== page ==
I also think that using case studies and real-world examples are important because it makes these things more relatable to students when they see that there are consequences. There will always be that aspect of “it always happens to someone else” that must be combated, but that’s never going to entirely go away.

The way that I feel is the best way to present the matter of others online is to break it up into three categories:

  • The people that you know online and in real life – Friends from school, family
  • The normal people just like you online – Fellow users of Twitter, Facebook, Reddit
  • The people who are out to harm you online – phishing, predators, viruses, thieves

There can be overlaps, and these are very broad topics, but these can be broken down into further discussion discussion about the implications of the things that we say and do online, from writing a hurtful comment to providing enough information that someone could guess an online banking password.

Overall, the goal should be to get our students to think about what they’re putting online and how it affects them and those around them. There are tools such as this website to measure your “digital footprint” which can help to prove the point, but as long as our students at least consider what they’re doing online, then it’s a step in the right direction. (Pun intended.)

On the topic of filtering school websites, I’m pretty much against it. I recognize the good that can come of them, but I also know that there are times when I’ve found perfectly innocuous websites that are banned for some reason under the school district. I also feel that there comes a level of freedom of speech and respect for choice with it. I agree that many websites are not appropriate for school, but as McKenzie (1996) states, “When is it permissible, if ever, to shape the flow of information to support certain “truths” over others?” There should be consequences when students blatanly misuse school internet services, but there can also be potential teaching applications in many blocked websites. Also there’s the question of, “When has hiding something from children ever effectively saved them from it?”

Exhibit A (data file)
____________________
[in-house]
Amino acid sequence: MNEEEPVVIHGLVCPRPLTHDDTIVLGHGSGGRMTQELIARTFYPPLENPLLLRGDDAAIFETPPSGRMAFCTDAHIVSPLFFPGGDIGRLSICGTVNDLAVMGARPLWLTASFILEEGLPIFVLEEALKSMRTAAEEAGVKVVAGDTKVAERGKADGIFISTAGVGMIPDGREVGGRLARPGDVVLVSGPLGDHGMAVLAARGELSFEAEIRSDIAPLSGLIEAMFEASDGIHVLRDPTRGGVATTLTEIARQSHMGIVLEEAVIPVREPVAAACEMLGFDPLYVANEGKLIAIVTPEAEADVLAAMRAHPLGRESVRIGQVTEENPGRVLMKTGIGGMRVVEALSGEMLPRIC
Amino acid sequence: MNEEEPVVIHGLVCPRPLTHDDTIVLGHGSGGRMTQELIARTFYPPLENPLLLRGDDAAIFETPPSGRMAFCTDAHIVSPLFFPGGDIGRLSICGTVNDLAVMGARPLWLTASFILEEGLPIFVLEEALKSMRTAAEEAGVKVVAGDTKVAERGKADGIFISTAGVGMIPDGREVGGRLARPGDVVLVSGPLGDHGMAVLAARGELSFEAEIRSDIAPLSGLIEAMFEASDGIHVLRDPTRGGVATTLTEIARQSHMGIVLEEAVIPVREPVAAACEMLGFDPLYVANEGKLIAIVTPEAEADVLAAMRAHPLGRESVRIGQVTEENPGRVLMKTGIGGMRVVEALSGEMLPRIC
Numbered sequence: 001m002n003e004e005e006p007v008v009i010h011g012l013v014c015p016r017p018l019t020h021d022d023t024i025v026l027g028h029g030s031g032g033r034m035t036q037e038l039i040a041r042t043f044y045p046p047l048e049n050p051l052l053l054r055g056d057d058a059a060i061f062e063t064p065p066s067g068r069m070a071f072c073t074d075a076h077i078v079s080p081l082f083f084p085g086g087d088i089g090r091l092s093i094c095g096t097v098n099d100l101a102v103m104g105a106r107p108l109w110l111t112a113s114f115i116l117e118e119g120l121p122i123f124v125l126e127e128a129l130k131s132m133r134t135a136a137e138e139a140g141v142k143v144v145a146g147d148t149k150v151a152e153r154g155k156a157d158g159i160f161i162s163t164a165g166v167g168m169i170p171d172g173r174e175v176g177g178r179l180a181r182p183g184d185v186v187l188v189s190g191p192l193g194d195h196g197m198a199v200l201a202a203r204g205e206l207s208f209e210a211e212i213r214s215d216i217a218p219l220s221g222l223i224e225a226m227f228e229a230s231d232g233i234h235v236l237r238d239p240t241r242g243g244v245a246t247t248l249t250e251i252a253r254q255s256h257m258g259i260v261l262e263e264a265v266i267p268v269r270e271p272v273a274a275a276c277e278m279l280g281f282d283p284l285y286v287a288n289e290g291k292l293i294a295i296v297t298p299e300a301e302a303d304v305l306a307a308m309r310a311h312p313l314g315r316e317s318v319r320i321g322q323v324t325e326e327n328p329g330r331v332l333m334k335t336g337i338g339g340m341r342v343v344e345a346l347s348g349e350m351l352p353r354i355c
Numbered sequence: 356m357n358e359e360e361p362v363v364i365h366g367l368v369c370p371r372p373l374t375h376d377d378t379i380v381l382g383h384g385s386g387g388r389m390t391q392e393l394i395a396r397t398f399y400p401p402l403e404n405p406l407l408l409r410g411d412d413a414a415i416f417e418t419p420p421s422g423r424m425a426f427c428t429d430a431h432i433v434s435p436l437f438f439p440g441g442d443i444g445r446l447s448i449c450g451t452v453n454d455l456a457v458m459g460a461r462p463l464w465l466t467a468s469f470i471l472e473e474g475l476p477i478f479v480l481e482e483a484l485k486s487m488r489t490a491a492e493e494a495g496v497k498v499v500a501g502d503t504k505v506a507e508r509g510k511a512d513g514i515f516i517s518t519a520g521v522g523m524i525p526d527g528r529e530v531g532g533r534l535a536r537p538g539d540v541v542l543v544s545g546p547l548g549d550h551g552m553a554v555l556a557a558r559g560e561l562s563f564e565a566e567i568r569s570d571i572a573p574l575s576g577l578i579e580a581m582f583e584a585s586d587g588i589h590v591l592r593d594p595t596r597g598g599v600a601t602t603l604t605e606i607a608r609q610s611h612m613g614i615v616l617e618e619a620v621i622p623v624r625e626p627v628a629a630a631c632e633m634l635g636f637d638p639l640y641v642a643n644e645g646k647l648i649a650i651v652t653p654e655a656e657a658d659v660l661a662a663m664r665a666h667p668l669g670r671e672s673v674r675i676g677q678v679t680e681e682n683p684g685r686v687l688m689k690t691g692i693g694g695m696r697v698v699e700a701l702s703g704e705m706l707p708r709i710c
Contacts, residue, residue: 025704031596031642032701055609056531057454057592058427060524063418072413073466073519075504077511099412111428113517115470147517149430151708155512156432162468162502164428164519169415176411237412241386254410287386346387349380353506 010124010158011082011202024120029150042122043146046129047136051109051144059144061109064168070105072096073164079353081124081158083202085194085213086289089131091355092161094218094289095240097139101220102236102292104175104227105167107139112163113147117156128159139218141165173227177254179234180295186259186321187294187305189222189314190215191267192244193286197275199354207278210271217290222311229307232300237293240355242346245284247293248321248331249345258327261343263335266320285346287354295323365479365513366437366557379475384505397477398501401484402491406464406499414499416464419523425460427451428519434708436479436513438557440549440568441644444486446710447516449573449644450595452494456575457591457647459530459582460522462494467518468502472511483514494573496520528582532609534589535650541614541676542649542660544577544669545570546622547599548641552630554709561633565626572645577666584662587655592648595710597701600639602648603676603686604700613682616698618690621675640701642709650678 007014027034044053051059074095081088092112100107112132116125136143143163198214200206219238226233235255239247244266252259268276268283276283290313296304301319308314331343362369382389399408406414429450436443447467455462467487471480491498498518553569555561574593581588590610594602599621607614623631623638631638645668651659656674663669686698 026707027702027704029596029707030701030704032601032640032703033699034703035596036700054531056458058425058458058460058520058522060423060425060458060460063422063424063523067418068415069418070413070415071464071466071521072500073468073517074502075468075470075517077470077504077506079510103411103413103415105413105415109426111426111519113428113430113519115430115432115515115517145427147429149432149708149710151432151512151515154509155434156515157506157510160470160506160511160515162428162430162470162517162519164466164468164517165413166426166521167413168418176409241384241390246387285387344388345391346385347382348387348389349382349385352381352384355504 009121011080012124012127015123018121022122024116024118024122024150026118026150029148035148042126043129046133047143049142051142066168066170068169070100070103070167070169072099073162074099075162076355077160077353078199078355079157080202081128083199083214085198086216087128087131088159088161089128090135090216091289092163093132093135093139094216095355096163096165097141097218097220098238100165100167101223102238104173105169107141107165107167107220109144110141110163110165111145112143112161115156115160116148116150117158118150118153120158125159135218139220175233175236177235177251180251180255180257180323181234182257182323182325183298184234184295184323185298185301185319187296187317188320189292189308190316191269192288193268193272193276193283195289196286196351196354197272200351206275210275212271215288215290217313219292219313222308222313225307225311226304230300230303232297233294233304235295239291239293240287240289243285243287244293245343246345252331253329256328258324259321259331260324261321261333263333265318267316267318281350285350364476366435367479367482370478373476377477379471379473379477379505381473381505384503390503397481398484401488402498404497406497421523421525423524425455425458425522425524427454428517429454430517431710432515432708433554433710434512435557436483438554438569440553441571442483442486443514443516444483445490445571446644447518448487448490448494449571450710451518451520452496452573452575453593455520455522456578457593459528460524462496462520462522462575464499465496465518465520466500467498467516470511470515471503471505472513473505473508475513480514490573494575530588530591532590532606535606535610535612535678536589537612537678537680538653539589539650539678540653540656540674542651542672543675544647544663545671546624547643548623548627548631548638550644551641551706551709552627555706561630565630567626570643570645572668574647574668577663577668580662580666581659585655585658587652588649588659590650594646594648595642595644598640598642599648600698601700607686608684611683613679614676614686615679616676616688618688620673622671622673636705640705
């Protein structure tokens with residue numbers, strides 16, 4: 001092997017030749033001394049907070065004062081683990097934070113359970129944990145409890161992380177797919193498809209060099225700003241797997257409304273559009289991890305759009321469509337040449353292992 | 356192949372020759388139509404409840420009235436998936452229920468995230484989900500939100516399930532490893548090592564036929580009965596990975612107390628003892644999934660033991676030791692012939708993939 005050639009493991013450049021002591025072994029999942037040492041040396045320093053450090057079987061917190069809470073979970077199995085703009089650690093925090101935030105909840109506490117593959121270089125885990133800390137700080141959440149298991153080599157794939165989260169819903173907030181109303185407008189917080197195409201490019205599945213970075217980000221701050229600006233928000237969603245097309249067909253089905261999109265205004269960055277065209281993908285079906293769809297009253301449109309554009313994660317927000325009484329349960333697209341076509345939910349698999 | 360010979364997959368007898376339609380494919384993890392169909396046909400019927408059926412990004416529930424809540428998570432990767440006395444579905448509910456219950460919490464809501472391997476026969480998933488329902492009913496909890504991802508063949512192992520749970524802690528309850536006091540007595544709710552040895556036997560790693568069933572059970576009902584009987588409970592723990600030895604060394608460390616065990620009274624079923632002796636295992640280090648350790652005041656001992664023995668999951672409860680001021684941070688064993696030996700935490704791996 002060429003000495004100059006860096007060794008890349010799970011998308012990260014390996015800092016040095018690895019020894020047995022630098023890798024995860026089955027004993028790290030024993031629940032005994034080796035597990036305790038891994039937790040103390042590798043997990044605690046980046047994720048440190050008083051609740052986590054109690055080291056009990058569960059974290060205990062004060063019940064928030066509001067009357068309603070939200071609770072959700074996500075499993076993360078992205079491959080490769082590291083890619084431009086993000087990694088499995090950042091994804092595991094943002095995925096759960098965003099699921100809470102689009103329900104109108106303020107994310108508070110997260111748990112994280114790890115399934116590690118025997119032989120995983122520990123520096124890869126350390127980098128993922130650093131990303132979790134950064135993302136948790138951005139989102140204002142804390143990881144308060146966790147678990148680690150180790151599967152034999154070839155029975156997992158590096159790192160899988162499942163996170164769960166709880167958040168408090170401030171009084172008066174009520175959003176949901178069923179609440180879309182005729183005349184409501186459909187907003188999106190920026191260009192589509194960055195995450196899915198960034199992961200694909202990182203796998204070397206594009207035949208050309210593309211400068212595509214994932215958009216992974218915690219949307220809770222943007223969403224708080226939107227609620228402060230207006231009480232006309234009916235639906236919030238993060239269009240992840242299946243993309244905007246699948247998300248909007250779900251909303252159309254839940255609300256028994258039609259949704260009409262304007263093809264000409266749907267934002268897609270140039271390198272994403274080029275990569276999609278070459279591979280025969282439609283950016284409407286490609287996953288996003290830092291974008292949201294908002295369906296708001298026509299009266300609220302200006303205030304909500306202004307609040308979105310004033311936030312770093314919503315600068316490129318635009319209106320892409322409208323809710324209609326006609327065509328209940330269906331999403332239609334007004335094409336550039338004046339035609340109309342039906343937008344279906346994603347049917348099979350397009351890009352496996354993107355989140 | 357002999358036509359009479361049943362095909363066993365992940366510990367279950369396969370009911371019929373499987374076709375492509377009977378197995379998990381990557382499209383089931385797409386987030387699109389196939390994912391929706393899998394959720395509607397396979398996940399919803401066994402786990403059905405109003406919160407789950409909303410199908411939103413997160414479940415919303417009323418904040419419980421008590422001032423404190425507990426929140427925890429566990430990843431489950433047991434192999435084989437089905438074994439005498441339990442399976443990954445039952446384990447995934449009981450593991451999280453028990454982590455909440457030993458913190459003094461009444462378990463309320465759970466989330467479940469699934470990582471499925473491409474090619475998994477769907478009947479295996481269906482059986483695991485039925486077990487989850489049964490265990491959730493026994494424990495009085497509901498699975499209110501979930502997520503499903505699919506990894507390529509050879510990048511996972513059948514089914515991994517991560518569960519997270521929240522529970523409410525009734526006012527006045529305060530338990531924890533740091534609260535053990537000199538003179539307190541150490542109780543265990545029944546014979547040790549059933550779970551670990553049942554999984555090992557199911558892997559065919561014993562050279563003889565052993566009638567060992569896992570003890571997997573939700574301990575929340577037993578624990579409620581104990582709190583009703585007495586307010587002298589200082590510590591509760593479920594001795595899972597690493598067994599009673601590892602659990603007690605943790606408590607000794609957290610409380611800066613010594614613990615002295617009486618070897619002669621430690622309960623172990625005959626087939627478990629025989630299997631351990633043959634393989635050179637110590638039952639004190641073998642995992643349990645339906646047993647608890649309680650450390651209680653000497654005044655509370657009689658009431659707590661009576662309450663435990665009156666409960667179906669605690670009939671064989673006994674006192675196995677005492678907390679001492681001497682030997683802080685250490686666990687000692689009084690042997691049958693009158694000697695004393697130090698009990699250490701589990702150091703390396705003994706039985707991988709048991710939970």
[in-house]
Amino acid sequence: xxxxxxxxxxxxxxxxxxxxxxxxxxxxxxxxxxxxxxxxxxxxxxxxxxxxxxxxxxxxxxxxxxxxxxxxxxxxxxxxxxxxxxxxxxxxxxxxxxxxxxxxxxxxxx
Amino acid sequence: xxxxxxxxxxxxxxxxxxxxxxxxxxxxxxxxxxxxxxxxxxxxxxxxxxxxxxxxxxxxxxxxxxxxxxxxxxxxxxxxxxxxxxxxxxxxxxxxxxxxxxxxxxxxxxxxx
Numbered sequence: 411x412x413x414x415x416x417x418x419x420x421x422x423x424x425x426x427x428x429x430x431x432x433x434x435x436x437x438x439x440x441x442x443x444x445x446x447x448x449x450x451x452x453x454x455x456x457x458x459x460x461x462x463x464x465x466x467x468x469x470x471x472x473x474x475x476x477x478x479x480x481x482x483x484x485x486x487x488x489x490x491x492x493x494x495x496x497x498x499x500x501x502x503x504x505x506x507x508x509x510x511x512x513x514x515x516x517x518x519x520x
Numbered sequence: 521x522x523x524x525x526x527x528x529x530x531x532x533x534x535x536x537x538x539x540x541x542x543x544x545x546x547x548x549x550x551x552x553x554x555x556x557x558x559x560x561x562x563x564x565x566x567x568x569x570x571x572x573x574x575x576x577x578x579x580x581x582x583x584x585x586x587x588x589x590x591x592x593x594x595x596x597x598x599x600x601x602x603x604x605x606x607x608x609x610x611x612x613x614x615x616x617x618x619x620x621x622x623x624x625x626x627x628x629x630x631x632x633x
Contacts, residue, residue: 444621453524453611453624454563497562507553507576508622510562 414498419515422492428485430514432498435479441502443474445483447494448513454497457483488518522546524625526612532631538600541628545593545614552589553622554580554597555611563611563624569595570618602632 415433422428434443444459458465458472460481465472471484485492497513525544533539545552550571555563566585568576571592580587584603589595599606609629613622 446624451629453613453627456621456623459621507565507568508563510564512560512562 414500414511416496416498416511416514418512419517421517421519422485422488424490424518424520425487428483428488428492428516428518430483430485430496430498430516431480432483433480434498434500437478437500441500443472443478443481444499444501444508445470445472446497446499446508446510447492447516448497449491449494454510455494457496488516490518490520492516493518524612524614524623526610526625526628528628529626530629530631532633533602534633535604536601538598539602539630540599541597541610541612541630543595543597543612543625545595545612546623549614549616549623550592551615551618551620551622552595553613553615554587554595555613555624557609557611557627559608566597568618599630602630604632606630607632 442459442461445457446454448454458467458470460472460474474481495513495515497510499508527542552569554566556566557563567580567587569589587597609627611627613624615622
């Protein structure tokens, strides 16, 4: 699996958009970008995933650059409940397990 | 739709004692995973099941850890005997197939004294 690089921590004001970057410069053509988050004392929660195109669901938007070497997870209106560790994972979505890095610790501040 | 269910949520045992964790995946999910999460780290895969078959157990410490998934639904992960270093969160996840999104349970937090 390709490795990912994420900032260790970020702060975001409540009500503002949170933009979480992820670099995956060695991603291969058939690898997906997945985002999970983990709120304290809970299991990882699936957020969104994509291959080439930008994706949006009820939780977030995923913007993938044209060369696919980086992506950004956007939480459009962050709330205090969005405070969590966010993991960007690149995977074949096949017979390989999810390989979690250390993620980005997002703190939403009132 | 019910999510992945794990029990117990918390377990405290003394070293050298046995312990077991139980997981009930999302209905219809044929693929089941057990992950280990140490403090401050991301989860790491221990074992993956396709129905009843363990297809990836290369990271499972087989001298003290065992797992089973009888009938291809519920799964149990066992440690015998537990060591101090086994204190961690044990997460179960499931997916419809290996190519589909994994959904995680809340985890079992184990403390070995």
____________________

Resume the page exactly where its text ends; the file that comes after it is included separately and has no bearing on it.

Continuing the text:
Cyber-bullying is its own giant can of worms, although just like offline bullying, it ties back to many other means of respecting others, but with an added element of anonymity and the power that comes with it online. In many ways, that illusion of power is what causes so many online problems and addressing it is one of the best things that we can do for teaching web awareness.

In regards to being a teacher, our online presences can really be summed up succinctly (in my opinion) as follows: Be professional. When anyone is working in the public eye, we need to keep the appearance of professionalism by necessity. We’re all individuals and we all have images that we want to uphold, often different ones to different audiences, but as professionals, we also need to act like professionals. An unfortunate example of the consequences are the recent events surrounding Calgary MLA Deborah Drever. (http://globalnews.ca/news/2012342/controversial-calgary-mla-suspended-from-ndp-caucus/) In order to teach our students web safety, we need to recognize it in our own practices first. (I mean, I suppose you don’t have to, but then we’d just be hypocrites.)